Luminosity masks are the cornerstone of tone-based image adjustments. These masks provide a convenient way to select specific tones in an image which can then be altered as the user sees fit. They have the ability to overcome shortcomings in the tonal values that were captured by the camera or film and to correct tones that shifted during image manipulation. Beyond simplifying these standard adjustments, however, luminosity masks also encourage a very individual approach to interpreting light. Luminosity masks make the captured light incredibly flexible and thereby provide the artist photographer unique opportunities to use Photoshop to explore their personal vision through photography. – Tony Kuyper

I have watched numerous tutorials, experimented on multitudes of photographs, spent hours at the PC, sometimes late into the night, trying to master this technique. All for very mixed results. Why? Because I want to display my photographs in the best possible way……and the experts will all tell you that “Luminosity Masking is much better than HDR. Oh! By the way I’ve got a course I can sell you to help you master the technique”. Look at this photograph. It’s not a great sunset, by any means but the photograph will serve to show what I mean.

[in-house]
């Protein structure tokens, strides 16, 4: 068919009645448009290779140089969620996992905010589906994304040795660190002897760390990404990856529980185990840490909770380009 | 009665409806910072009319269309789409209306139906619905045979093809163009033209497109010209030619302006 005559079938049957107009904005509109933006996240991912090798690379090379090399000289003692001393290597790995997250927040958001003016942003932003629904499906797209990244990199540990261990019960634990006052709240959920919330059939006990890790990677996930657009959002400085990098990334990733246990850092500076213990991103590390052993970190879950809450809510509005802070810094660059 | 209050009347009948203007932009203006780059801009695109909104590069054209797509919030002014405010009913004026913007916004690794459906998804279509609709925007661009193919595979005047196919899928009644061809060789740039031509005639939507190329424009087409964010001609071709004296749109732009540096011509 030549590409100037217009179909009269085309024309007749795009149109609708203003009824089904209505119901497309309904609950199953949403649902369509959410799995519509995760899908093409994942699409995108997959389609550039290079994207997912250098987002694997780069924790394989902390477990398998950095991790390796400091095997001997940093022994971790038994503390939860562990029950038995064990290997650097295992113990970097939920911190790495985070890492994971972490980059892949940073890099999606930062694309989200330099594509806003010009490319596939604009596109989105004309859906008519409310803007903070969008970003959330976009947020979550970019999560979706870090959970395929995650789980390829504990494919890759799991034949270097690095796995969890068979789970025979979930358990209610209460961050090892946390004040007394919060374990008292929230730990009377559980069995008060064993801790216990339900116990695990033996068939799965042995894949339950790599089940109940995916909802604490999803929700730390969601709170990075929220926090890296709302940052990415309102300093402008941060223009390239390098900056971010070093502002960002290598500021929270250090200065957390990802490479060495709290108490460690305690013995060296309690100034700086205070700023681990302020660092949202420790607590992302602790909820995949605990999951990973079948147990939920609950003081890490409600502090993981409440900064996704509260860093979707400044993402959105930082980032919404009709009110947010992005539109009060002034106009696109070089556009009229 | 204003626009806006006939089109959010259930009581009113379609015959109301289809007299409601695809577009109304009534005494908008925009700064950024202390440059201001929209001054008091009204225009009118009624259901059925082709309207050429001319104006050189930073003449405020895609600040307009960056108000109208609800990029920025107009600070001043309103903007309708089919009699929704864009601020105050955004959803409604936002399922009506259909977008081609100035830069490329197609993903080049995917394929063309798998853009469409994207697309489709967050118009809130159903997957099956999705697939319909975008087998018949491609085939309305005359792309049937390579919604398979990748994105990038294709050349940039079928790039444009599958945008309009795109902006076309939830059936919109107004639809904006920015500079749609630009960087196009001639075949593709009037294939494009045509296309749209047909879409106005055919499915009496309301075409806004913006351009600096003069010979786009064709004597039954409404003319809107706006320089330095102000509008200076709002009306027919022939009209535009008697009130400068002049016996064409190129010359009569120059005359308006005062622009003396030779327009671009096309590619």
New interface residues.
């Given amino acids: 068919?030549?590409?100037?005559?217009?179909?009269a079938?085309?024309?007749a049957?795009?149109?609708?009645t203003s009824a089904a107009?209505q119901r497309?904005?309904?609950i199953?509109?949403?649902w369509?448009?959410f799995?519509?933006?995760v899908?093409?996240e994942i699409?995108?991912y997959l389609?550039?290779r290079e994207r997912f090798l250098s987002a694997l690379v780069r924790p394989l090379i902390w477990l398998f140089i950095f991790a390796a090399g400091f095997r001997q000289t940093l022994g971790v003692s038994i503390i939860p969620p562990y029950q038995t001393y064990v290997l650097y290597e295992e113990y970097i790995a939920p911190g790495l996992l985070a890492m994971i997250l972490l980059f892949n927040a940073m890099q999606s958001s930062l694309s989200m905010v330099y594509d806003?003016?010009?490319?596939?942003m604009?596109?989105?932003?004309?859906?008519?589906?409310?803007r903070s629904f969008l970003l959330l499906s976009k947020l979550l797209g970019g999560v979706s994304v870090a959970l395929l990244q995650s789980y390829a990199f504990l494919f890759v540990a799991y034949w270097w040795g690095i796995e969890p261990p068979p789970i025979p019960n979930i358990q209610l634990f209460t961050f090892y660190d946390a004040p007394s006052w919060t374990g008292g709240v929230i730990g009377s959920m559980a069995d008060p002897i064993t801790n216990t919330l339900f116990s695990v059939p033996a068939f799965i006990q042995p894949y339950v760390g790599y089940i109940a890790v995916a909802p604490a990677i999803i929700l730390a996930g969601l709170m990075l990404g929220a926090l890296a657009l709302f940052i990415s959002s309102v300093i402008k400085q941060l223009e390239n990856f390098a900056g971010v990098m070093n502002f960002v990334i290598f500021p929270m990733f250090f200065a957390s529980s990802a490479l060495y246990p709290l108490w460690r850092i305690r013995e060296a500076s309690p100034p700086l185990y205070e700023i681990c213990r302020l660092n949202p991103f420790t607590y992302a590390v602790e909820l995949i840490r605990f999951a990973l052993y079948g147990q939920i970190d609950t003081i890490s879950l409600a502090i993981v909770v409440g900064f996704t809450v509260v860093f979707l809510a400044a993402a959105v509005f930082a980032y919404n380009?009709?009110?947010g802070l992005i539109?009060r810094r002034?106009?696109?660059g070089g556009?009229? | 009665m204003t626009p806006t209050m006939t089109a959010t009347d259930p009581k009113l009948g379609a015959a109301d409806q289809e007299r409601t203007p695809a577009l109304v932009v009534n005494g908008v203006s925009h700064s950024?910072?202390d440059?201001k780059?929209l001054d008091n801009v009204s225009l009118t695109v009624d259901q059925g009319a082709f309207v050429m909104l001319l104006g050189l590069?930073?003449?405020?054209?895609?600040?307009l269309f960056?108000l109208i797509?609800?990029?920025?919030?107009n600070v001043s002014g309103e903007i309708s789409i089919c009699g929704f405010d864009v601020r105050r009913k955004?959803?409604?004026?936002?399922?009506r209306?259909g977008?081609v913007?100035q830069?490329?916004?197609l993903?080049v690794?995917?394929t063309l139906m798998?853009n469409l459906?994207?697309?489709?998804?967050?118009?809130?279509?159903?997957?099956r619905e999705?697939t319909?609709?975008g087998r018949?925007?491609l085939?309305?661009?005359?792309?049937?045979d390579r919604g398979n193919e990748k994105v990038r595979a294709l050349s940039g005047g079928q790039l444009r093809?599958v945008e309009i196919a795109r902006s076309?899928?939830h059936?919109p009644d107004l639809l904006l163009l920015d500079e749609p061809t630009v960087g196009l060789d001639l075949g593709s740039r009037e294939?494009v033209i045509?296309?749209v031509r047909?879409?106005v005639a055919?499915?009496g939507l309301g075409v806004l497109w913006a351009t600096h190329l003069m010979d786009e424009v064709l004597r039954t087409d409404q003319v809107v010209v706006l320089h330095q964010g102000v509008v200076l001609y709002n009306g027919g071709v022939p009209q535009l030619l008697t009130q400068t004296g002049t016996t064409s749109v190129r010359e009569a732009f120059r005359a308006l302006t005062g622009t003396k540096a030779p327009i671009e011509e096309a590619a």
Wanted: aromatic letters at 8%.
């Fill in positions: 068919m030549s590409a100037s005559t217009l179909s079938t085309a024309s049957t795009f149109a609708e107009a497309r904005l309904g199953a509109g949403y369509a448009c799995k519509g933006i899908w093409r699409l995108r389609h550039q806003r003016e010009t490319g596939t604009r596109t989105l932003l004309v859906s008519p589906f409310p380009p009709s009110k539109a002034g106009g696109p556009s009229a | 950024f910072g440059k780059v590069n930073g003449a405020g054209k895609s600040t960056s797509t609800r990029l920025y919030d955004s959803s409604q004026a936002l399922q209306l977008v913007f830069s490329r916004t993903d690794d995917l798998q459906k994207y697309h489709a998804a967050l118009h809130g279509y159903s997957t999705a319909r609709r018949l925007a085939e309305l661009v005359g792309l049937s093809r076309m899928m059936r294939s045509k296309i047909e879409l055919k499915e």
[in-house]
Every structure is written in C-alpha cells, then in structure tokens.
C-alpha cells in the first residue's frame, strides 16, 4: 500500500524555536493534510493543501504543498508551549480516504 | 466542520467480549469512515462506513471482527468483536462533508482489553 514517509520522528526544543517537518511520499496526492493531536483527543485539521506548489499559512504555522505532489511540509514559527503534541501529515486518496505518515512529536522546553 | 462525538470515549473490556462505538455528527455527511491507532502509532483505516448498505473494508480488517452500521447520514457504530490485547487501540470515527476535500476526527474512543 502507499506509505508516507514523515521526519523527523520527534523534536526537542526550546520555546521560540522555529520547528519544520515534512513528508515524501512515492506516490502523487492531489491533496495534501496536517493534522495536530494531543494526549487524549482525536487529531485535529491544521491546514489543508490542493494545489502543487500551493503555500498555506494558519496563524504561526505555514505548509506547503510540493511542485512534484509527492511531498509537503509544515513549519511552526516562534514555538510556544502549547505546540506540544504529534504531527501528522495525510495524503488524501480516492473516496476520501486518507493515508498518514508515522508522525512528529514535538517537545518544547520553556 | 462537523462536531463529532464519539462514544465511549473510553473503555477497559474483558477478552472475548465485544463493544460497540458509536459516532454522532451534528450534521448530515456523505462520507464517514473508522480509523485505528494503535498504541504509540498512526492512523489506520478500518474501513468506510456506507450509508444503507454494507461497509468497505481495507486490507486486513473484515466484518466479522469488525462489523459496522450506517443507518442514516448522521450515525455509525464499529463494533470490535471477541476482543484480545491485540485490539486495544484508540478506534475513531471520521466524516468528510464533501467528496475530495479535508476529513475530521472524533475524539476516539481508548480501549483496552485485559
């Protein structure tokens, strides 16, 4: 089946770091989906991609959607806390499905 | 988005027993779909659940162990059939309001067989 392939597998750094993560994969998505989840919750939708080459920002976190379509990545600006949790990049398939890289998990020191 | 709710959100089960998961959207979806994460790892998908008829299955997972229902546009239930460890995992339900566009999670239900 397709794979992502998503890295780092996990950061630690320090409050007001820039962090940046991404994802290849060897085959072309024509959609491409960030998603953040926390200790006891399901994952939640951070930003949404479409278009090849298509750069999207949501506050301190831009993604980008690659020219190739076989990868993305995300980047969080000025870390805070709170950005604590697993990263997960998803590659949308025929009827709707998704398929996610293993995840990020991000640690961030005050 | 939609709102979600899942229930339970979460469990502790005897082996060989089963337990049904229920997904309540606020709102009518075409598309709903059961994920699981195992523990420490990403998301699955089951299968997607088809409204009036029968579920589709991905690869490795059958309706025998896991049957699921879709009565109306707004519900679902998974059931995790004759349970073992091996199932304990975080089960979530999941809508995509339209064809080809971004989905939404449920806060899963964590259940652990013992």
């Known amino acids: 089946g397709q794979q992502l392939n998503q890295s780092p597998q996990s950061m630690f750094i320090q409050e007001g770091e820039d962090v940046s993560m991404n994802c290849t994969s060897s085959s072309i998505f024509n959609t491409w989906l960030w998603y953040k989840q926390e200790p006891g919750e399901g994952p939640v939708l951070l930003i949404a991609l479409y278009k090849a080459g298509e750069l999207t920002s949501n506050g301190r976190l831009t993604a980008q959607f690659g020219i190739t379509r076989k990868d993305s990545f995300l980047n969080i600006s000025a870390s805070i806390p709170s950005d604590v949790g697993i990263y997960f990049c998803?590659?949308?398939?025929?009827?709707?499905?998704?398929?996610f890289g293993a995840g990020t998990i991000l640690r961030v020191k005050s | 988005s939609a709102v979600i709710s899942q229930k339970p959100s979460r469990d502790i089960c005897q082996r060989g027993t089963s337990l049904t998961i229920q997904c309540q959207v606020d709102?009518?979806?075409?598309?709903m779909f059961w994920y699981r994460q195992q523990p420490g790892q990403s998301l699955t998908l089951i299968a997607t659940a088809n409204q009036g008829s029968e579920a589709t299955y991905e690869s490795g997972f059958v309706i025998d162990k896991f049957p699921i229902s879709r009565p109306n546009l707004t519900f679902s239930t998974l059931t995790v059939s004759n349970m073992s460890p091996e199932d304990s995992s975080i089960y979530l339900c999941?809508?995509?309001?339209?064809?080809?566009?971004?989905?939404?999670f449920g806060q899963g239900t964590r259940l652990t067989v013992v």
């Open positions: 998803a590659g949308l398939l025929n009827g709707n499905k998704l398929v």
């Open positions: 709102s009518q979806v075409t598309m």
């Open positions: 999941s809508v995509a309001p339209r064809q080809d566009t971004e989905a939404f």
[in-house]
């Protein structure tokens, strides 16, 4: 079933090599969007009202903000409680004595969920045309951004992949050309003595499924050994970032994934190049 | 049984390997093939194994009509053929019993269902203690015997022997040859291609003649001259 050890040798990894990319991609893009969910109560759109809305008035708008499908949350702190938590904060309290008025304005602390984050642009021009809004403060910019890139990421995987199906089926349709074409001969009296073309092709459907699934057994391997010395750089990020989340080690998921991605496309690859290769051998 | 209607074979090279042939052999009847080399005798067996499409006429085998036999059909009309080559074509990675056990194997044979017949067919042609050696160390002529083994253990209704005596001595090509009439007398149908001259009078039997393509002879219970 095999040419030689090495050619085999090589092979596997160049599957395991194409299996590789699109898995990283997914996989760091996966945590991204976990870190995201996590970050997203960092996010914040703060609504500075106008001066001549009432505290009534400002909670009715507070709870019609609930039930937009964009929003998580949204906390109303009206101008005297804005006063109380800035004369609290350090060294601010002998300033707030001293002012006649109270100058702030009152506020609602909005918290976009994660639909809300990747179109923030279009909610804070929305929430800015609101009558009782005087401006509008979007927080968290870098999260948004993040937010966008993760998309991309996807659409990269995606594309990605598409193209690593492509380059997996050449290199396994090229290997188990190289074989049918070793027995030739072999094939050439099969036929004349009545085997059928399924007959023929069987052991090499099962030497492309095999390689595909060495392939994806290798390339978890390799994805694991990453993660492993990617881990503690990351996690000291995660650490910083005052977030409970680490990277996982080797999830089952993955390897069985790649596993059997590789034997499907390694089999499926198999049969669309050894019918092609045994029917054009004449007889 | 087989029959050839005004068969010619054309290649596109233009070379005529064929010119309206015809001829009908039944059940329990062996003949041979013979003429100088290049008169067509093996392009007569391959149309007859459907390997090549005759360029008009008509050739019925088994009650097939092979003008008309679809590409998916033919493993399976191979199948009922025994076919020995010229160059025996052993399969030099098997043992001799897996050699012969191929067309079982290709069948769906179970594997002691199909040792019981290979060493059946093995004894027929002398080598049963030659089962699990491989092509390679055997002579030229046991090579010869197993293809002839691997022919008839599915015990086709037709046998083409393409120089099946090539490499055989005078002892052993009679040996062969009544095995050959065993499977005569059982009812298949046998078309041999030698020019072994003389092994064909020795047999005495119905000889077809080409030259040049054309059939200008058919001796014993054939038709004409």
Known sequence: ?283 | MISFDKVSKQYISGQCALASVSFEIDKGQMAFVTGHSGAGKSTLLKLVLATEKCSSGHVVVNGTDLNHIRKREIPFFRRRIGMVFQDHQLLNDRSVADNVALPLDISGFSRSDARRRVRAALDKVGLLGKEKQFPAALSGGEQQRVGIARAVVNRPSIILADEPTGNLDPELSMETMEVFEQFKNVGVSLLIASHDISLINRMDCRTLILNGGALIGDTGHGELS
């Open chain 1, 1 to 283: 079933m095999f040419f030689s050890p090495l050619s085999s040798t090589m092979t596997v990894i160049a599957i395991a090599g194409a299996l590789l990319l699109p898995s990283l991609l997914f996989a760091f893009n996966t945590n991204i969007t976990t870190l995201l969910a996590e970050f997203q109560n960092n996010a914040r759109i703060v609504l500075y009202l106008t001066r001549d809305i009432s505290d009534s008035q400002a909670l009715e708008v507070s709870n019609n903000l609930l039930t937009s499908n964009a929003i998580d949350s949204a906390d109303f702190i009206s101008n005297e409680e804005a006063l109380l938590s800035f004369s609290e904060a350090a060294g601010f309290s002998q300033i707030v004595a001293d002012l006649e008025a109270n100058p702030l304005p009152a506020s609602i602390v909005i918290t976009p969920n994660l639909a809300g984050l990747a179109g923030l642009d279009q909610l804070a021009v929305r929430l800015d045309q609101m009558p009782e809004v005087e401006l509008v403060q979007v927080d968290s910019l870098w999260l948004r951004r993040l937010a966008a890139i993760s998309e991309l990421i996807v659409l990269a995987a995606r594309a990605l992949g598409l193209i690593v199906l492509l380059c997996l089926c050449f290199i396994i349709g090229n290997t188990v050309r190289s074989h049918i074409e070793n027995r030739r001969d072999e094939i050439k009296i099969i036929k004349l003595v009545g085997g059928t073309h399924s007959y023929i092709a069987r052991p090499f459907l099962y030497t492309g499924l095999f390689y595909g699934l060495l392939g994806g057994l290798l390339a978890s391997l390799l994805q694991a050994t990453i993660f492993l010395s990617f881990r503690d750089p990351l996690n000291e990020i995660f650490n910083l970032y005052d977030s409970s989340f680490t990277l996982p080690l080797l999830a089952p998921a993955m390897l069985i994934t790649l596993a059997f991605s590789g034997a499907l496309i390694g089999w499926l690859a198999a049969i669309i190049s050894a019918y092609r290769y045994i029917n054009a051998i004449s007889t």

Luminosity Masking

After messing around with Luminosity Masks for about 15 minutes I managed to get the image above. Look closely at it. It looks flat, lacks contrast, everything seems muddy, excuse the pun. I had to go an extra step to bring some contrast back into the scene by using ON1 Perfect Effects Dynamic Contrast filter.

Luminosity Masking with Contrast
Previously I had always used HDR to blend my photographs together. HDR is great for high contrast scenes such as sunsets or inside buildings and I like the results I get.

HDR stands for High Dynamic Range. For those who aren’t so acquainted with this high-tech shutterbug lingo, dynamic range is basically just the difference between the lightest light and darkest dark you can capture in a photo. Once your subject exceeds the camera’s dynamic range, the highlights tend to wash out to white, or the darks simply become big black blobs. It’s notoriously difficult to snap a photo that captures both ends of this spectrum, but with modern shooting techniques and advanced post-processing software, photographers have devised ways to make it happen. This is basically what HDR is: a specific style of photo with an unusually high dynamic range that couldn’t otherwise be achieved in a single photograph
Read more: http://www.digitaltrends.com/how-to/what-is-hdr-beginners-guide-to-high-dynamic-range-photography/#ixzz43eS4zF3E

However, HDR gets a bad press due to the surreal images that are often seen on the internet. Have a look at the image below this is the type of photograph that gets HDR a bad press.

Awful Awful HDR

The thing is HDR is a technique but it’s also a “look” which can produce results from the realistic through to the surreal. I don’t like this surreal type of HDR but I would never criticise anyone if they produced something like this. After all I have always said “My Photograph, My Vision”.